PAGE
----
Luckily, even if one lives in highly corrosive regions such as the coast, there are ways to protect saxophones from ever experiencing corrosion. Some parts will unequivocally wear out even with extreme care, but at least the main parts should remain in optimal conditions for a very long time, potentially decades or even further.
To achieve this, you should abide by a tight cleaning schedule, consisting of the following chores:
Use a pull-through swab to clean the saxophone's bore walls thoroughly. This is a piece of cloth (normally of a chamois-like material) attached to a relatively long string with a weighted tip (the length may vary depending on the saxophone type it's advertised for). This should be performed after each playing or practicing session or at least once a week.
The process is not very complicated, though you should be careful not to cause the weight or the string to detach, as the swab can get stuck in the bore. Usually, the weight is inserted from the bell side and then pulled through the neck by rotating the instrument. For best results, this should be repeated a few times to remove all debris and moisture.
The Rochix Saxophone Cleaner Care Kit (link to check the price on Amazon) is an affordable cleaning kit option for Saxophones that comes with both a sax swab and a sax necking swab, along with key oil, which we'll get to shortly.
Cleaning And Polishing
Use a cleaning microfiber cloth (or polishing cloth) to clean and polish the saxophone's outer parts regularly. It can be coupled with polishing products, such as a non-abrasive lacquer polish or nail polish for smaller areas. You should rub with a cloth after every practicing session or every week.
For unlacquered saxophones, it's best to refrain from using chemicals other than some soapy water and a cloth.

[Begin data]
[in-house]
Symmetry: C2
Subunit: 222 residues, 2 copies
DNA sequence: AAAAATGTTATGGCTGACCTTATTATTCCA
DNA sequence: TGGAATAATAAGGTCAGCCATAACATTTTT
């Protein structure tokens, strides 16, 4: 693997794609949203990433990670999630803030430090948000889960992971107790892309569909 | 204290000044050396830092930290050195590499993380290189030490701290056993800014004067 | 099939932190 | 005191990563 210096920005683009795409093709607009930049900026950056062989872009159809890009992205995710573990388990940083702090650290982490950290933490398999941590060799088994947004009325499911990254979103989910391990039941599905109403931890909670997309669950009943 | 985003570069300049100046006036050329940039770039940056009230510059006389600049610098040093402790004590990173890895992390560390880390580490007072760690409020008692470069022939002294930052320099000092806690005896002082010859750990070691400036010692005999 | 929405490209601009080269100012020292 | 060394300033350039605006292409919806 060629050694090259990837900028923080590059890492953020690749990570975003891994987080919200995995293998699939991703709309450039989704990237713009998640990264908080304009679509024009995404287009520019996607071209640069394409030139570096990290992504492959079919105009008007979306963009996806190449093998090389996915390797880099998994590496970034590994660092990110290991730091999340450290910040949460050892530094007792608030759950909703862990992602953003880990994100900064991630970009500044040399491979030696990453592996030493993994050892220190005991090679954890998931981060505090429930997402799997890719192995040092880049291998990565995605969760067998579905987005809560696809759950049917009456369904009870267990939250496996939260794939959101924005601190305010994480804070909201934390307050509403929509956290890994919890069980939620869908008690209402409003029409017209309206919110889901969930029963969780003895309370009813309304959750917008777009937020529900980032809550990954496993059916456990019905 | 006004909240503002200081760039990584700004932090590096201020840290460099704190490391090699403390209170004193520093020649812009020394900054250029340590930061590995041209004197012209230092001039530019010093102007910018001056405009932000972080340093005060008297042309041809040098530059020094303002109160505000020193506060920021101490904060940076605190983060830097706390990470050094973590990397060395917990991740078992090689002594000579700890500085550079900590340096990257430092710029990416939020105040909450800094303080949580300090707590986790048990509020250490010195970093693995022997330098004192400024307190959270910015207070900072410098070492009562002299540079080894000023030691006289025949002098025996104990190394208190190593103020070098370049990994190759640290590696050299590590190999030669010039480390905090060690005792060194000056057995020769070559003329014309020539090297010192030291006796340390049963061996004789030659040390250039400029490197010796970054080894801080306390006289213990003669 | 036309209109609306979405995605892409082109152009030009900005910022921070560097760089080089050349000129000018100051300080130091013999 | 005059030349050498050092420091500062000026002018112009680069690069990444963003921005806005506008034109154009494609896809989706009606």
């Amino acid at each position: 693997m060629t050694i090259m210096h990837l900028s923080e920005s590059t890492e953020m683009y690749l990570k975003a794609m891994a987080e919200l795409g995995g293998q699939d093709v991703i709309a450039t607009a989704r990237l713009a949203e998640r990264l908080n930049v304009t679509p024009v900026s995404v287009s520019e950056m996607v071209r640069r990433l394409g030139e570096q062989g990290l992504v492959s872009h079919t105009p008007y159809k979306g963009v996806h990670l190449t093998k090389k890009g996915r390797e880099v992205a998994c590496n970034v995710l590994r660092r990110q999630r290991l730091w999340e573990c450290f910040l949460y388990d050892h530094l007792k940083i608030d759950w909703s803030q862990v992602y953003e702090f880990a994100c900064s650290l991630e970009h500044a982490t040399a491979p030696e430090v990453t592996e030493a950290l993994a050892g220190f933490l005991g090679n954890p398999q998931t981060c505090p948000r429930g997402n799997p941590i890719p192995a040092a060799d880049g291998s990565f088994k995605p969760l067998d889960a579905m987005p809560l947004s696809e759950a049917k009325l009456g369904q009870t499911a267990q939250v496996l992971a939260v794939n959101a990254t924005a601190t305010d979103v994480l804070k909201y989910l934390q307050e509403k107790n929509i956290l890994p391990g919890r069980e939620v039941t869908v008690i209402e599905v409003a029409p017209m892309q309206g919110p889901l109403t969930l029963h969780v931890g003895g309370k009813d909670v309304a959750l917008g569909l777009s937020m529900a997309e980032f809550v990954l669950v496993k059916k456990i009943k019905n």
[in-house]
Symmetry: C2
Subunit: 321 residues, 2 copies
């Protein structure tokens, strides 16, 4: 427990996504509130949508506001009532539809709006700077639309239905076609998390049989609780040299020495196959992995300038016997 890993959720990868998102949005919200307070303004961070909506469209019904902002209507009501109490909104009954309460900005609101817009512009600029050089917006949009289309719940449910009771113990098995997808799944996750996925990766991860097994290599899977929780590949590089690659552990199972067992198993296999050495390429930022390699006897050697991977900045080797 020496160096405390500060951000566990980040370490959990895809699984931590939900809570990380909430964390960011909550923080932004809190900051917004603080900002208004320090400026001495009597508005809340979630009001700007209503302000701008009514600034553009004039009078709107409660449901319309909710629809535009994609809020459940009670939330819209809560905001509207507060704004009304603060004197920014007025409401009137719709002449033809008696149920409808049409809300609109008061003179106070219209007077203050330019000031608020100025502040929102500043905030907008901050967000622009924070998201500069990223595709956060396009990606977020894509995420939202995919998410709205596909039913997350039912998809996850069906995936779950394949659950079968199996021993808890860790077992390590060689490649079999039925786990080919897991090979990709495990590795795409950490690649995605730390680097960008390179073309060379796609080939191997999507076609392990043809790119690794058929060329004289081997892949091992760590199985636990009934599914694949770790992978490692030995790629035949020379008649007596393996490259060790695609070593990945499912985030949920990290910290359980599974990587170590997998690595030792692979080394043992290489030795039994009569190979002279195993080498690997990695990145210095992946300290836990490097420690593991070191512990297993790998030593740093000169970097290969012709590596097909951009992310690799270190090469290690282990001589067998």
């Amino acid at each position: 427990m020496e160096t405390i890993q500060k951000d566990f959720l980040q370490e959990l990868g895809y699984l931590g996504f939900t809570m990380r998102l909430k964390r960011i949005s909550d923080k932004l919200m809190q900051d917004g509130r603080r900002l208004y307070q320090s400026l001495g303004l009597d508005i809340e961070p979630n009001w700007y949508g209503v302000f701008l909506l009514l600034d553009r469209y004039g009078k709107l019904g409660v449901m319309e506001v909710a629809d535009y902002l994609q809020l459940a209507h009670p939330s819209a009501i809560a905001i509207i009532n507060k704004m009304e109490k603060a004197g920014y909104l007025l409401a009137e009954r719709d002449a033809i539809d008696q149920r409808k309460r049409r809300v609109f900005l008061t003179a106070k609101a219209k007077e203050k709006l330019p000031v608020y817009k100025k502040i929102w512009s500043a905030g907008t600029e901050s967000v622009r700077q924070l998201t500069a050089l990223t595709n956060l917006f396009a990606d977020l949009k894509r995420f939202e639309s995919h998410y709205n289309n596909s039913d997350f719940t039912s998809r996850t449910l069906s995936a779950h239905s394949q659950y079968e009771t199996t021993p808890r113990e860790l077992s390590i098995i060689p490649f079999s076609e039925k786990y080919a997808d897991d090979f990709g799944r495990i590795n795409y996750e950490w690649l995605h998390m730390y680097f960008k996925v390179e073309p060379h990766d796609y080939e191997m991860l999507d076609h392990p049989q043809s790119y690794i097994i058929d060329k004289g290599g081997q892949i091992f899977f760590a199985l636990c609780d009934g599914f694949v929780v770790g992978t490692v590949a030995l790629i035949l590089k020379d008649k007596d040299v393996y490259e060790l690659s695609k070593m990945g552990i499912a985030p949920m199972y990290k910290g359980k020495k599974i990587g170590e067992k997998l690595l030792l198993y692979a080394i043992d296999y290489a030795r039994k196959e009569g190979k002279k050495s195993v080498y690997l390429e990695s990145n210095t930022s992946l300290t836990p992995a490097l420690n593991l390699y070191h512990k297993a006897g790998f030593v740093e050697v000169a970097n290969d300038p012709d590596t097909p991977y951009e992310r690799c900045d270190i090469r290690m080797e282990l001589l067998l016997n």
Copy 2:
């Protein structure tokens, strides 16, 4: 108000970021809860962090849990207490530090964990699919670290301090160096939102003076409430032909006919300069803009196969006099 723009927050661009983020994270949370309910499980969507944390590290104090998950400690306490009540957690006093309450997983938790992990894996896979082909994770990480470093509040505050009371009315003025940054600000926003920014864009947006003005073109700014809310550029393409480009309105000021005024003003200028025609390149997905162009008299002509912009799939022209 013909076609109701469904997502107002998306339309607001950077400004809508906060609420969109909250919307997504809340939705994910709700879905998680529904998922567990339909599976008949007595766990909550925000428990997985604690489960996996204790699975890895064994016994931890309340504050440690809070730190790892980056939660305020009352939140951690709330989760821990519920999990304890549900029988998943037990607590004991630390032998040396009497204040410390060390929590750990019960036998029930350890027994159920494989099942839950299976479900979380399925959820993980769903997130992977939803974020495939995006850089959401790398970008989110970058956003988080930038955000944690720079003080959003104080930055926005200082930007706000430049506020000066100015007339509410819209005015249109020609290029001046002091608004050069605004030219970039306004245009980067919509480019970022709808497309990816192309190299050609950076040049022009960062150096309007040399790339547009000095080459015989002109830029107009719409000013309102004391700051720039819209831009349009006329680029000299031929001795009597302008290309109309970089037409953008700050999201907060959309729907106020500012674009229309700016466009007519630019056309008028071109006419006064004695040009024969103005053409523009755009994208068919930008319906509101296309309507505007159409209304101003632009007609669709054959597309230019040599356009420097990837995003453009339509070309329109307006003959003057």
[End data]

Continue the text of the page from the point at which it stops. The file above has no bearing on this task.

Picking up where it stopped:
Check out the MusicNomad MN700 Lacquer Polish (link to check the price on Amazon) and MagicFiber Cleaning Cloths (link to check the price on Amazon) for affordable options.
Oiling The Keys
Certain specific oils can be applied to the keys to lubricate their axles (traditionally called “key oils”). This oil should be applied sparingly on external surfaces because it is prone to collect dust and dirt, worsening the keys' condition. After applying the oil, it's recommended that you remove the excess oil with a piece of cloth to prevent the keys from getting dirty.
You would need to apply key oil at least once every three months.
Though the aforementioned kit includes key oil, I figured I'd include this superb key oil option from none other than Yamaha: the Yamaha YAC MKO Premium Synthetic Medium Key Oil (link to check the price on Amazon).
Yamaha is featured in the following My New Microphone articles:
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The best course of action is to stow it in a dry case and away from damp storage areas to protect the saxophone from the action of the elements present in the environment.
Keep in mind that, to store it adequately, you ought to ensure that it's completely devoid of any trace of moisture, both inside and outside. You won't be able to profit from the benefits of a dry case or an optimal storage space if the saxophone is still in permanent contact with water particles.
Additionally, it's wholly recommended that you add anti-tarnishing strips (link to check prices on Amazon), such as those commercialized by 3M. Place a strip inside the case to absorb sulphides and other contaminants present in the air, and you'll slow down the tarnishing process considerably.
This article has been approved in accordance with the My New Microphone Editorial Policy.